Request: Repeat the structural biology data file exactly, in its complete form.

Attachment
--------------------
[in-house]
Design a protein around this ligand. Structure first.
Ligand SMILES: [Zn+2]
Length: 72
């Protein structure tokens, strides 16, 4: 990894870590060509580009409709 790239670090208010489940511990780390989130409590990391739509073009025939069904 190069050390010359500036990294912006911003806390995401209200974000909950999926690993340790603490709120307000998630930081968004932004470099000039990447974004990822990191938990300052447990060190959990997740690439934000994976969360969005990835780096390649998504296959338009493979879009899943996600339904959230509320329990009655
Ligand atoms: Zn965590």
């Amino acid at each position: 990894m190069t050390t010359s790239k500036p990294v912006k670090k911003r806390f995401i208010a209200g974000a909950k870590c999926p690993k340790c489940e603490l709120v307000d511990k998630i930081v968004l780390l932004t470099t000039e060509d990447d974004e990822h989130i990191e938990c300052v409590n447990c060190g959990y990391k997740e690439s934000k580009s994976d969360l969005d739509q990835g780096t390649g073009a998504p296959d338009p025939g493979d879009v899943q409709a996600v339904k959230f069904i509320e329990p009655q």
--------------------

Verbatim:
[in-house]
Design a protein around this ligand. Structure first.
Ligand SMILES: [Zn+2]
Length: 72
């Protein structure tokens, strides 16, 4: 990894870590060509580009409709 790239670090208010489940511990780390989130409590990391739509073009025939069904 190069050390010359500036990294912006911003806390995401209200974000909950999926690993340790603490709120307000998630930081968004932004470099000039990447974004990822990191938990300052447990060190959990997740690439934000994976969360969005990835780096390649998504296959338009493979879009899943996600339904959230509320329990009655
Ligand atoms: Zn965590």
């Amino acid at each position: 990894m190069t050390t010359s790239k500036p990294v912006k670090k911003r806390f995401i208010a209200g974000a909950k870590c999926p690993k340790c489940e603490l709120v307000d511990k998630i930081v968004l780390l932004t470099t000039e060509d990447d974004e990822h989130i990191e938990c300052v409590n447990c060190g959990y990391k997740e690439s934000k580009s994976d969360l969005d739509q990835g780096t390649g073009a998504p296959d338009p025939g493979d879009v899943q409709a996600v339904k959230f069904i509320e329990p009655q």